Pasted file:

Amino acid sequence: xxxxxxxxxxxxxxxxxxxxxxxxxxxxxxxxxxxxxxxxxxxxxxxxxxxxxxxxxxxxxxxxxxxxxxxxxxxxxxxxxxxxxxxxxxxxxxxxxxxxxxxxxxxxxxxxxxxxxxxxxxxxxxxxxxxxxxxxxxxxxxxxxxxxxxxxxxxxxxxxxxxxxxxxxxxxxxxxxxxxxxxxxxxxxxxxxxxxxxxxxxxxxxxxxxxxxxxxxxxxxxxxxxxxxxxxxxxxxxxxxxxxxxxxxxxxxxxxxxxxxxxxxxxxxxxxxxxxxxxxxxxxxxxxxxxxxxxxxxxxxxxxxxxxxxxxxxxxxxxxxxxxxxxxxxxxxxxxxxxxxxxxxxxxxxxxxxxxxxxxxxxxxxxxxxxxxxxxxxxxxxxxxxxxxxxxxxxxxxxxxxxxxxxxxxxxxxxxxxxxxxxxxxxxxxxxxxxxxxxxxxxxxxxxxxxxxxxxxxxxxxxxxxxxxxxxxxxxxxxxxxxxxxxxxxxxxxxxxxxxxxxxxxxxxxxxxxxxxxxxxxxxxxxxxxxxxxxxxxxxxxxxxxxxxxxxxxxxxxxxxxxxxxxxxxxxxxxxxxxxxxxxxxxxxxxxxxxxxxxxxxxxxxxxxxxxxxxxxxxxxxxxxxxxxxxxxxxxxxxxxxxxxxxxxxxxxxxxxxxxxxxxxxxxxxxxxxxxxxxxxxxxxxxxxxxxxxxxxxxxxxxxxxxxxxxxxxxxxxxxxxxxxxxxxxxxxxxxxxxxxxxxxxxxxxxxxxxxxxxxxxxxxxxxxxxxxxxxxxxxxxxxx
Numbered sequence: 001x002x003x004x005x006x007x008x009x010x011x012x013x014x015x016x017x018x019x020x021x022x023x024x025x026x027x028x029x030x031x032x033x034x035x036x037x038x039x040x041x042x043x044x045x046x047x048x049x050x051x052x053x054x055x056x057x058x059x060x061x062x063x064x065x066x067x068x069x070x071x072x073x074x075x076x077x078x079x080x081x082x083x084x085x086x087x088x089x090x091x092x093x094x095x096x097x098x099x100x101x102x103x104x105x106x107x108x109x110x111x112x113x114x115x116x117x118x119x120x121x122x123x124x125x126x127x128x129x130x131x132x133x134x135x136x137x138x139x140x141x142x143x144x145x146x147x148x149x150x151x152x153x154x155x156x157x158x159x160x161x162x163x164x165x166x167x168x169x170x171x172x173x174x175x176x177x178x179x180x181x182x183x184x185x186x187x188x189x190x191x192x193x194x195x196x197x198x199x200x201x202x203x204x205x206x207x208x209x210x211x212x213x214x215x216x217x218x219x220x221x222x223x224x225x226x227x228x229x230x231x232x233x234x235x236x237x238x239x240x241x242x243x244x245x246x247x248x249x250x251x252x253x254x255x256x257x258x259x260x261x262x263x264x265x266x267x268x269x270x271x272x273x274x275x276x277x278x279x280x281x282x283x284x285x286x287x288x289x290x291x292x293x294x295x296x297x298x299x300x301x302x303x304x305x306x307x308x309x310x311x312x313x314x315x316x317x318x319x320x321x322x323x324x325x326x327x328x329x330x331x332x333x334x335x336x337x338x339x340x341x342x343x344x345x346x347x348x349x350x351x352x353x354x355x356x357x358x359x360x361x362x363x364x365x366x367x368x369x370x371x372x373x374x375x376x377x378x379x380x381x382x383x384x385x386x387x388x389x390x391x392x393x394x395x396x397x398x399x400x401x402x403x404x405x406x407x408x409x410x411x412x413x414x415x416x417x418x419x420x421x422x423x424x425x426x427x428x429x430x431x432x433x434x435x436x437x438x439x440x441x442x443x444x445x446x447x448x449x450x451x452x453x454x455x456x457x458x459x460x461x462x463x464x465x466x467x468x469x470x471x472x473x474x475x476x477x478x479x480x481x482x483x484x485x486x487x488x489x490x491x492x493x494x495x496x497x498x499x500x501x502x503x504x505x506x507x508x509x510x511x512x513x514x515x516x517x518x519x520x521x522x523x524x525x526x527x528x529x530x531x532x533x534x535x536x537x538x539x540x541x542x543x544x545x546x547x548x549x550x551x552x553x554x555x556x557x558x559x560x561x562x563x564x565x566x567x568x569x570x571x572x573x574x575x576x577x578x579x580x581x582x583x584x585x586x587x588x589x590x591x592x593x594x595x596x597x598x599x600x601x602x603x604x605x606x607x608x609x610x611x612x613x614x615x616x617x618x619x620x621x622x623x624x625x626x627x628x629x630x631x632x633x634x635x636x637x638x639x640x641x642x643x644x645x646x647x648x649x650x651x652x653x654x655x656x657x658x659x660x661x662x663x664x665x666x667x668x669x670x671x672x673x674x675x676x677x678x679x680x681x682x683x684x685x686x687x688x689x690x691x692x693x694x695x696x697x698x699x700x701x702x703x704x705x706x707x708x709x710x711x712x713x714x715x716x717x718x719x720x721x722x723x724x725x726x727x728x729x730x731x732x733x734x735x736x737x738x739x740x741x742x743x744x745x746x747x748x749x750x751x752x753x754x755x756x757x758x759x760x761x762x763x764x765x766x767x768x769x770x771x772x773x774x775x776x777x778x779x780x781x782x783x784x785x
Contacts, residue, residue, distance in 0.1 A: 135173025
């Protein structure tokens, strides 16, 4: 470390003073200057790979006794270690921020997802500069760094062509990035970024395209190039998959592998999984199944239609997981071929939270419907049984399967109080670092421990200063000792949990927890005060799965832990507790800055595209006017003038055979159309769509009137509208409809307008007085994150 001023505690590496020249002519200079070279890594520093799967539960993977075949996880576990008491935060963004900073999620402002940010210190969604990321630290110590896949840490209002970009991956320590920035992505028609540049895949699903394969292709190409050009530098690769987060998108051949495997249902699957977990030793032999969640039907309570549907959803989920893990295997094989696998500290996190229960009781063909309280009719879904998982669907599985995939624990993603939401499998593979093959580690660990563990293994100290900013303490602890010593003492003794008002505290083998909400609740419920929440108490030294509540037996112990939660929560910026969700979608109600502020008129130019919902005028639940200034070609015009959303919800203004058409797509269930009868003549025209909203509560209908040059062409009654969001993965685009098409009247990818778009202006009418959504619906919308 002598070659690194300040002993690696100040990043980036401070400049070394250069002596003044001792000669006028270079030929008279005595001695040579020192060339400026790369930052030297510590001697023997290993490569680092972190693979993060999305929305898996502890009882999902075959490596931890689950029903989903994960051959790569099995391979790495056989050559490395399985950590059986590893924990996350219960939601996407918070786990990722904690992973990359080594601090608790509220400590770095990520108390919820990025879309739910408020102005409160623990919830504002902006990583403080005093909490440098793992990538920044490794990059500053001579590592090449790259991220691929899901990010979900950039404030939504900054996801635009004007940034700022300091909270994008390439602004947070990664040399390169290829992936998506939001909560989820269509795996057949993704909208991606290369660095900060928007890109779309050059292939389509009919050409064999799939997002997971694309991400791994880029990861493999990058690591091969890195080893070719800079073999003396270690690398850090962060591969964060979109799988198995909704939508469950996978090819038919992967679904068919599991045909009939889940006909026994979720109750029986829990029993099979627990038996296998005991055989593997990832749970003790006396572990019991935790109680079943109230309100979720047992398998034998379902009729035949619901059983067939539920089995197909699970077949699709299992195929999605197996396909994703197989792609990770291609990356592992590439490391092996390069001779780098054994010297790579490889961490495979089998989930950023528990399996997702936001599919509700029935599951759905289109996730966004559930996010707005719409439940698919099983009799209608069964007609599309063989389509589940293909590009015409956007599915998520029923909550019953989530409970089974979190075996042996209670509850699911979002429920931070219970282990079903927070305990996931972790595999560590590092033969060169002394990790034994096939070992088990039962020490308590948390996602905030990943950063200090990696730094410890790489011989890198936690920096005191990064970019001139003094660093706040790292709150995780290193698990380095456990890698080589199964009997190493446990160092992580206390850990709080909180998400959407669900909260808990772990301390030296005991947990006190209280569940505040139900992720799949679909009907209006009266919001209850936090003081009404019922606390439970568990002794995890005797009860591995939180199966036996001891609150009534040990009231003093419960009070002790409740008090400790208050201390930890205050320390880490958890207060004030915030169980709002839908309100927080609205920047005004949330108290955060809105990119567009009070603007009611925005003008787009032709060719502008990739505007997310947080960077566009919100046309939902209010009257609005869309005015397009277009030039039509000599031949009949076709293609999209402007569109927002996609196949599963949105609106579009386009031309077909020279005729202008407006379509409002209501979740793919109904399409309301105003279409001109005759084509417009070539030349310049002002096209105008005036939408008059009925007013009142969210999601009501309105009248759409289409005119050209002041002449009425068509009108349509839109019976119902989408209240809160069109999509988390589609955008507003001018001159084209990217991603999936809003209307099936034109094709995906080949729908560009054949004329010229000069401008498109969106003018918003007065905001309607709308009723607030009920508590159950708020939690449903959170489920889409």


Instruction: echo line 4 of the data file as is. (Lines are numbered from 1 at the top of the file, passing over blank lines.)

């Protein structure tokens, strides 16, 4: 470390003073200057790979006794270690921020997802500069760094062509990035970024395209190039998959592998999984199944239609997981071929939270419907049984399967109080670092421990200063000792949990927890005060799965832990507790800055595209006017003038055979159309769509009137509208409809307008007085994150 001023505690590496020249002519200079070279890594520093799967539960993977075949996880576990008491935060963004900073999620402002940010210190969604990321630290110590896949840490209002970009991956320590920035992505028609540049895949699903394969292709190409050009530098690769987060998108051949495997249902699957977990030793032999969640039907309570549907959803989920893990295997094989696998500290996190229960009781063909309280009719879904998982669907599985995939624990993603939401499998593979093959580690660990563990293994100290900013303490602890010593003492003794008002505290083998909400609740419920929440108490030294509540037996112990939660929560910026969700979608109600502020008129130019919902005028639940200034070609015009959303919800203004058409797509269930009868003549025209909203509560209908040059062409009654969001993965685009098409009247990818778009202006009418959504619906919308 002598070659690194300040002993690696100040990043980036401070400049070394250069002596003044001792000669006028270079030929008279005595001695040579020192060339400026790369930052030297510590001697023997290993490569680092972190693979993060999305929305898996502890009882999902075959490596931890689950029903989903994960051959790569099995391979790495056989050559490395399985950590059986590893924990996350219960939601996407918070786990990722904690992973990359080594601090608790509220400590770095990520108390919820990025879309739910408020102005409160623990919830504002902006990583403080005093909490440098793992990538920044490794990059500053001579590592090449790259991220691929899901990010979900950039404030939504900054996801635009004007940034700022300091909270994008390439602004947070990664040399390169290829992936998506939001909560989820269509795996057949993704909208991606290369660095900060928007890109779309050059292939389509009919050409064999799939997002997971694309991400791994880029990861493999990058690591091969890195080893070719800079073999003396270690690398850090962060591969964060979109799988198995909704939508469950996978090819038919992967679904068919599991045909009939889940006909026994979720109750029986829990029993099979627990038996296998005991055989593997990832749970003790006396572990019991935790109680079943109230309100979720047992398998034998379902009729035949619901059983067939539920089995197909699970077949699709299992195929999605197996396909994703197989792609990770291609990356592992590439490391092996390069001779780098054994010297790579490889961490495979089998989930950023528990399996997702936001599919509700029935599951759905289109996730966004559930996010707005719409439940698919099983009799209608069964007609599309063989389509589940293909590009015409956007599915998520029923909550019953989530409970089974979190075996042996209670509850699911979002429920931070219970282990079903927070305990996931972790595999560590590092033969060169002394990790034994096939070992088990039962020490308590948390996602905030990943950063200090990696730094410890790489011989890198936690920096005191990064970019001139003094660093706040790292709150995780290193698990380095456990890698080589199964009997190493446990160092992580206390850990709080909180998400959407669900909260808990772990301390030296005991947990006190209280569940505040139900992720799949679909009907209006009266919001209850936090003081009404019922606390439970568990002794995890005797009860591995939180199966036996001891609150009534040990009231003093419960009070002790409740008090400790208050201390930890205050320390880490958890207060004030915030169980709002839908309100927080609205920047005004949330108290955060809105990119567009009070603007009611925005003008787009032709060719502008990739505007997310947080960077566009919100046309939902209010009257609005869309005015397009277009030039039509000599031949009949076709293609999209402007569109927002996609196949599963949105609106579009386009031309077909020279005729202008407006379509409002209501979740793919109904399409309301105003279409001109005759084509417009070539030349310049002002096209105008005036939408008059009925007013009142969210999601009501309105009248759409289409005119050209002041002449009425068509009108349509839109019976119902989408209240809160069109999509988390589609955008507003001018001159084209990217991603999936809003209307099936034109094709995906080949729908560009054949004329010229000069401008498109969106003018918003007065905001309607709308009723607030009920508590159950708020939690449903959170489920889409």